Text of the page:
Attorney Spotlight: Daniel J. Halperin

What inspired you to pursue a law career? 

My inspiration to pursue a legal career stemmed from a speech and debate class I took in high school. I really enjoyed the class and did very well. After that, I spoke with several lawyers about the profession and interned at a law firm during college. By the end of my sophomore year, I decided to attend law school.

Why did you choose the areas of law that you practice?

My passion for insolvency work stems from a bankruptcy course taught by Patricia Redmond at the University of Miami School of Law. After that class, I knew that bankruptcy was for me and really focused on that area of the law for the remainder of law school (or at least as much I could). I authored several articles focused on insolvency issues and competed in a bankruptcy moot court competition. I also interned at a private equity firm to work with its portfolio of distressed mezzanine loans and worked on bankruptcy matters as a summer associate.

You received an MBA concentrated in Mergers and Acquisitions as well as International Business; what skills do you draw upon from that experience when representing your clients?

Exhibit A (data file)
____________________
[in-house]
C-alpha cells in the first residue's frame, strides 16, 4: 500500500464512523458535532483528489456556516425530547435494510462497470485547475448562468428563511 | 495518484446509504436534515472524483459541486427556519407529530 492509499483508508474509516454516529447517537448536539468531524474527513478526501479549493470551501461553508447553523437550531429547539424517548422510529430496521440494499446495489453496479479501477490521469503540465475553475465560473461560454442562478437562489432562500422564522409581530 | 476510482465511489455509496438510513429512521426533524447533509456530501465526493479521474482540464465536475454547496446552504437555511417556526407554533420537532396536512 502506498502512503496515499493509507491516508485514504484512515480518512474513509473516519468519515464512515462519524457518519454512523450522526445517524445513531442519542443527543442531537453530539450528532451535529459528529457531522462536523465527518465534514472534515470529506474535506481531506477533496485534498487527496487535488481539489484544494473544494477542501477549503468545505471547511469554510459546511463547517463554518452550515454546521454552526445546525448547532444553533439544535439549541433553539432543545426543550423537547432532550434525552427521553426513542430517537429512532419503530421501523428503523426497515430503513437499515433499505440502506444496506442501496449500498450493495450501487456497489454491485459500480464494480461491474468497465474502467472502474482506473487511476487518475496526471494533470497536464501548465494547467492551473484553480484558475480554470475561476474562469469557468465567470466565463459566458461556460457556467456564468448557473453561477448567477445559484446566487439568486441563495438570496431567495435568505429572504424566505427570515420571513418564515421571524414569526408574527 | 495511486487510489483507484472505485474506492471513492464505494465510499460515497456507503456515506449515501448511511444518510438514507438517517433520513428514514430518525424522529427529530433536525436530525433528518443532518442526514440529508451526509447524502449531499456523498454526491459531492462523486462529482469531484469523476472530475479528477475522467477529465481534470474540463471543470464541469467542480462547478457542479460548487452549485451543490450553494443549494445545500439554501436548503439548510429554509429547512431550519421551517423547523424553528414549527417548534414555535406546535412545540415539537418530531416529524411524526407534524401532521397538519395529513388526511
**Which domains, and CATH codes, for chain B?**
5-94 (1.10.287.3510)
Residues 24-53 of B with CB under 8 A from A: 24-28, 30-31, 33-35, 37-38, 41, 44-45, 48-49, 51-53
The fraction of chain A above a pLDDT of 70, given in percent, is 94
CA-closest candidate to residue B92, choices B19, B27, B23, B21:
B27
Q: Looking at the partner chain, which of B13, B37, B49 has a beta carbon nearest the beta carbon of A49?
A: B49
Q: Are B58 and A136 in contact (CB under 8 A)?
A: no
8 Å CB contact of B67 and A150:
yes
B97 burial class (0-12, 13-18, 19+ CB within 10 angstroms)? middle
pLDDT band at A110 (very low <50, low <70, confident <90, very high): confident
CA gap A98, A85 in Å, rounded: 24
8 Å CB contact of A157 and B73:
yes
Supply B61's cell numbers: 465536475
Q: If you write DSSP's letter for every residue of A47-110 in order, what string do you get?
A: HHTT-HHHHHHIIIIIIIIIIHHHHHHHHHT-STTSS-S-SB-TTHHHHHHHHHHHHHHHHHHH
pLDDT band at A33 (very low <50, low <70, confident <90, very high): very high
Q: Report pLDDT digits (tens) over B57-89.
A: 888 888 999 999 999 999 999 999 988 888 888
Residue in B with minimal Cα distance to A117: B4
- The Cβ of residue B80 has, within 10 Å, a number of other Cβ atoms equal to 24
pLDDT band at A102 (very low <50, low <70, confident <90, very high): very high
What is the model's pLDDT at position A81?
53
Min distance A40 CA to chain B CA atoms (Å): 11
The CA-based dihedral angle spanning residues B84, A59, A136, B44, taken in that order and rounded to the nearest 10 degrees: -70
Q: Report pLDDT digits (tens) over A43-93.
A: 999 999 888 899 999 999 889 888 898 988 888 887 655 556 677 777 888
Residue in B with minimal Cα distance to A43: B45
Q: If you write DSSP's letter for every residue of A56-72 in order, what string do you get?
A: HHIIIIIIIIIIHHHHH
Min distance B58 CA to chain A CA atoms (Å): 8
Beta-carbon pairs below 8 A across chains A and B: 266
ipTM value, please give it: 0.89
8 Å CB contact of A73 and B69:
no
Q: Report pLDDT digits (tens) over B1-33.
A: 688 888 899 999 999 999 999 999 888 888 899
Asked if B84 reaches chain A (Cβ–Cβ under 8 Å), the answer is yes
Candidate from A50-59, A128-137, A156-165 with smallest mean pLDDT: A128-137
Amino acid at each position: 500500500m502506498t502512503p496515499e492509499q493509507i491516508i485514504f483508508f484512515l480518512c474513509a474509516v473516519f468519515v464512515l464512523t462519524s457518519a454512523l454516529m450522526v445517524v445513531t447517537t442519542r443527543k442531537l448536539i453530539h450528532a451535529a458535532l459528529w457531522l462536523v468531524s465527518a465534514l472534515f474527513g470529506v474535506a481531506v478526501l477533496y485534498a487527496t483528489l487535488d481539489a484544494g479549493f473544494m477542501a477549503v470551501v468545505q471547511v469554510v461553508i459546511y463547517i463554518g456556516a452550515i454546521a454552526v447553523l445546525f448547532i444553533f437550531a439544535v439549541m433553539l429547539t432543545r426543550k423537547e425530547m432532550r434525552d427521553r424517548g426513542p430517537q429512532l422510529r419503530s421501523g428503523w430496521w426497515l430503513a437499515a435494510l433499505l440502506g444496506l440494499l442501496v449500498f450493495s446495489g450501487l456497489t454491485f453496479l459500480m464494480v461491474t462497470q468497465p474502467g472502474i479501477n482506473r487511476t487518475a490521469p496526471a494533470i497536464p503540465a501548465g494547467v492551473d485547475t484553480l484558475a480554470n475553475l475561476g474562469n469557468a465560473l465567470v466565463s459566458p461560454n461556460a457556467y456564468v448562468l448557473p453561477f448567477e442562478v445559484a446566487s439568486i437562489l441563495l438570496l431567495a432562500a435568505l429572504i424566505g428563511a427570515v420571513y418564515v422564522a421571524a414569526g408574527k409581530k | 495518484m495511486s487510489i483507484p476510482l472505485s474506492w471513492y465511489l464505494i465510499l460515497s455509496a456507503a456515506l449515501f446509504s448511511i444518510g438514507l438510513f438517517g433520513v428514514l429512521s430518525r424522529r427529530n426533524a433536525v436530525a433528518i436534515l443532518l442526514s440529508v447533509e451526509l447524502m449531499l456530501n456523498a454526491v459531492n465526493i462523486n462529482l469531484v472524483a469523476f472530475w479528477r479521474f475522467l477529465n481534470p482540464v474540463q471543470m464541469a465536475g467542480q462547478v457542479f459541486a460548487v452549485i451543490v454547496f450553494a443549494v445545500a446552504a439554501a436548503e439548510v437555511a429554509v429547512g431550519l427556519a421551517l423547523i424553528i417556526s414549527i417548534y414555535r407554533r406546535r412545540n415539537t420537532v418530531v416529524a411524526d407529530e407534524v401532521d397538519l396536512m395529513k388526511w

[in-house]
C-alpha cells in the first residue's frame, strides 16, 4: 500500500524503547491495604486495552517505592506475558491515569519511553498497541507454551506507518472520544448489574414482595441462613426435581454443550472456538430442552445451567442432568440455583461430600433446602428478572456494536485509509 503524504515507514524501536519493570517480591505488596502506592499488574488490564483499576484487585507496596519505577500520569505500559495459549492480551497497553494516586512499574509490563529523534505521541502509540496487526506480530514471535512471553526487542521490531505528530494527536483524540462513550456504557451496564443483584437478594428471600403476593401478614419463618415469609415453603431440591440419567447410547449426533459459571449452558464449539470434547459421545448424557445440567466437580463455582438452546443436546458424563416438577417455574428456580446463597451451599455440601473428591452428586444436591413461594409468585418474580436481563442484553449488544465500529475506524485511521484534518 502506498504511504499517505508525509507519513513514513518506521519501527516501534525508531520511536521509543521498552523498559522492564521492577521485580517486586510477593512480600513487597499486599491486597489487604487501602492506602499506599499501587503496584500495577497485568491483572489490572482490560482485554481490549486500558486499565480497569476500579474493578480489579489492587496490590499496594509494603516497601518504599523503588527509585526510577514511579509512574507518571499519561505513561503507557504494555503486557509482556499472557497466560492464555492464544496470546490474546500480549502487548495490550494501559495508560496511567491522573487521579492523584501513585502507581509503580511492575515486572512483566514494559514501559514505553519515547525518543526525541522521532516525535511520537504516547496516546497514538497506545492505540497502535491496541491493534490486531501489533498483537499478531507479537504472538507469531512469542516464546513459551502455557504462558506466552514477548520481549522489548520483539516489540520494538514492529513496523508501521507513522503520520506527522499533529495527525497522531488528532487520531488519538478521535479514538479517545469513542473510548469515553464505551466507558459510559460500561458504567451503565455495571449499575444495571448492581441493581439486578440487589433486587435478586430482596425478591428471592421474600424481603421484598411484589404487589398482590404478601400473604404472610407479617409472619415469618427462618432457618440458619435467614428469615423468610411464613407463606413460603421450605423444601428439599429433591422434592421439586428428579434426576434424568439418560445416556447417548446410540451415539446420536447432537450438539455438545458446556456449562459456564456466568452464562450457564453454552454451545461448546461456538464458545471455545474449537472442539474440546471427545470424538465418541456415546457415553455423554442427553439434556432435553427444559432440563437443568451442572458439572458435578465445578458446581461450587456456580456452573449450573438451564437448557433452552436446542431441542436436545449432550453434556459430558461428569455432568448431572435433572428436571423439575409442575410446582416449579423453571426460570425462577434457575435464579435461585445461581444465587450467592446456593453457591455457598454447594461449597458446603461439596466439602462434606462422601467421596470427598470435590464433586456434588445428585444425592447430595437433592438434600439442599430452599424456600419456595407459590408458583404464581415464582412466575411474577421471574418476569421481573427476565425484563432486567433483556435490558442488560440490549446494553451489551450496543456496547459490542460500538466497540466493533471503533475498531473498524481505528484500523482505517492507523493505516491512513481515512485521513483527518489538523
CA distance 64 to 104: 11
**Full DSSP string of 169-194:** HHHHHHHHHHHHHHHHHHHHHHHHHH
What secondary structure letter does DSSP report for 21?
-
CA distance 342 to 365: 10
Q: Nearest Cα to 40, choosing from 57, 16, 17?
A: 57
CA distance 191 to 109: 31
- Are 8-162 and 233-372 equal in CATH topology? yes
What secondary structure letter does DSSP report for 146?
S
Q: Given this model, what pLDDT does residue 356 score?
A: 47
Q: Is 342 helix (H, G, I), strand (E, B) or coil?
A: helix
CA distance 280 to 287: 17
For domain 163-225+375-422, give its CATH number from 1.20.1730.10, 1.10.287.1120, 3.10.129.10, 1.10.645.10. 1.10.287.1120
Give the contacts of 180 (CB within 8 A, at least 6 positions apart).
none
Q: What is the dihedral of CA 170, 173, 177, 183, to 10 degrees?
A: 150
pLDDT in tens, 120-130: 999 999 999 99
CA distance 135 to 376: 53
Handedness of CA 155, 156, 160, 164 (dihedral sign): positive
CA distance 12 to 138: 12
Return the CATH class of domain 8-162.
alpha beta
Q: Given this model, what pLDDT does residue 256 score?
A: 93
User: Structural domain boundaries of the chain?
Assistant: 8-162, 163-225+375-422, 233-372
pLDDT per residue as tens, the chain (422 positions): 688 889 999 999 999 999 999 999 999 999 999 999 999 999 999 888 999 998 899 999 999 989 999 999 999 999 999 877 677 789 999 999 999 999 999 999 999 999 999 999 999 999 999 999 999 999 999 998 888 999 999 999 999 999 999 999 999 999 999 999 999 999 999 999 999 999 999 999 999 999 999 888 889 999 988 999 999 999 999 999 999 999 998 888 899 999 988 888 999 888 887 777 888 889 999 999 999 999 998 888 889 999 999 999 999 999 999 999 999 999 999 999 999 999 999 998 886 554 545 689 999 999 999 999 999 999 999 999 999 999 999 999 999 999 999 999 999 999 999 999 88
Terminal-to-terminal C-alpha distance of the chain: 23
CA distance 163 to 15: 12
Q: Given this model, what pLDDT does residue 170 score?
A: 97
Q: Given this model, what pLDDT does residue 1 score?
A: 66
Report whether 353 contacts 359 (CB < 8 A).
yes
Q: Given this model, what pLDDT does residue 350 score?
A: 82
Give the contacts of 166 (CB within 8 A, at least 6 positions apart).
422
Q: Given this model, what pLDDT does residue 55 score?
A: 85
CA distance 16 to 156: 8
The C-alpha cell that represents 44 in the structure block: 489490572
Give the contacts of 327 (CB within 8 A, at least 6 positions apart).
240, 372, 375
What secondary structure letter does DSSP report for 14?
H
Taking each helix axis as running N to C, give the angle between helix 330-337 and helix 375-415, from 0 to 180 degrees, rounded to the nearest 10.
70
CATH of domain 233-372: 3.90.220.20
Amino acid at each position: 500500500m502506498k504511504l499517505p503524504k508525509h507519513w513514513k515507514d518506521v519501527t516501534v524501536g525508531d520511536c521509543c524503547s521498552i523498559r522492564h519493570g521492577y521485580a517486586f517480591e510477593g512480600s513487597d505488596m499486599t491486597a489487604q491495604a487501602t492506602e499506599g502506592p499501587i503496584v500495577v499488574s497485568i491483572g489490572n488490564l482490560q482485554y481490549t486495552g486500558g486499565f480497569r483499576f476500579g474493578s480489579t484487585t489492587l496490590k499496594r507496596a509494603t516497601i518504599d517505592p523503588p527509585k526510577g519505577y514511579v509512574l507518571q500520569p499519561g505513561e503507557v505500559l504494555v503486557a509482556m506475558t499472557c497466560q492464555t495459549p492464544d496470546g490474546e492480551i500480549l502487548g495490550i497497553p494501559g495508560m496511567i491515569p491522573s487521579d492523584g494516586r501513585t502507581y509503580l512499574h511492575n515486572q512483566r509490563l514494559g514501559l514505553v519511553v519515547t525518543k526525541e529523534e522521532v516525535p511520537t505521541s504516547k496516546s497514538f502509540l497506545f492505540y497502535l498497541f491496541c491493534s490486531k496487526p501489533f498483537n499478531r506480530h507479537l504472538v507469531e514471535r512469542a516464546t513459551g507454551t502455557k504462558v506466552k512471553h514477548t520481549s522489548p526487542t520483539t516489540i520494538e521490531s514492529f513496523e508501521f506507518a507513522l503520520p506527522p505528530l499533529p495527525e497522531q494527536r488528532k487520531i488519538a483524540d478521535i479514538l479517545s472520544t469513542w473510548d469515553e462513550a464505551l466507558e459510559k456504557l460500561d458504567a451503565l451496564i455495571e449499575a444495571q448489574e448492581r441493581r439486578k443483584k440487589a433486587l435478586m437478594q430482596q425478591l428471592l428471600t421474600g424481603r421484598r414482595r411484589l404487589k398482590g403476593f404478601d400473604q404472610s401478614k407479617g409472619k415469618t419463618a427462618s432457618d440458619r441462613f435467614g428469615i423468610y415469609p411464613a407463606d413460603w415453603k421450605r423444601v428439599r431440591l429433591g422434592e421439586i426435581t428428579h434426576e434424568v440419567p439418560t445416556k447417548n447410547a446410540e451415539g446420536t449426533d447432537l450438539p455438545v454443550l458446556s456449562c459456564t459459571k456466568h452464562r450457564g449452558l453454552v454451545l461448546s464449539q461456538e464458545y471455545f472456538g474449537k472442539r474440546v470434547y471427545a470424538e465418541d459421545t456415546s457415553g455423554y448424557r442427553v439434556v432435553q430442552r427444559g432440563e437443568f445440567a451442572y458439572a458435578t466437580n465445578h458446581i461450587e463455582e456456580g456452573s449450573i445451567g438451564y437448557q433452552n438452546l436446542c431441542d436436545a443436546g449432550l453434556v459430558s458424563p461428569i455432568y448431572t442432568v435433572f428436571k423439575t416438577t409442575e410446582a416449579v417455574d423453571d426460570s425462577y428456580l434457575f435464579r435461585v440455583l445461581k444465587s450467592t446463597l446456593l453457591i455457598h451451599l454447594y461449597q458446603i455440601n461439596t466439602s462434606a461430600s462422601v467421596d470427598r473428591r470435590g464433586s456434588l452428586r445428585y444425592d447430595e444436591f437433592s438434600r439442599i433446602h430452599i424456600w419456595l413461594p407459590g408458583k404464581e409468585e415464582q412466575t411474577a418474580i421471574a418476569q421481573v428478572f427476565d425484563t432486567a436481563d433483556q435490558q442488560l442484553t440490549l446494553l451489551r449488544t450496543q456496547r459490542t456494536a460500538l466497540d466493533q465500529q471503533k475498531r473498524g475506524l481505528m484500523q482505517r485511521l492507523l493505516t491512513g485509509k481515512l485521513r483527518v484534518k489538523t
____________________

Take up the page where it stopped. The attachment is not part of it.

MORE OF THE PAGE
Financial literacy. Insolvency work intersects with different aspects of finance and accounting on a daily basis. This intersection requires lawyers to have a comprehensive understanding of accounting, valuation, financial, concepts to perform their own analysis or effectively communicate with other professionals in case. The MBA complimented my undergraduate studies in finance and provided a solid foundation in these areas.

What is the most rewarding part about your job?

Helping clients achieve their goals. Nothing beats it.

Tell us about a mentor who made an impact on your career.

Patricia Redmond. She teaches bankruptcy at the University of Miami School of Law and coaches the bankruptcy moot court team. She sparked my interest in insolvency work, and I credit her with helping me develop the tools needed to be an effective advocate for clients.

If you weren’t practicing law, what would you be doing?

I would likely work in a finance-related role. My undergraduate studies focused on corporate finance, and I have always enjoyed the financial aspects of insolvency work.

What might people be surprised to learn about you?

I had a (very) short-lived college football career.

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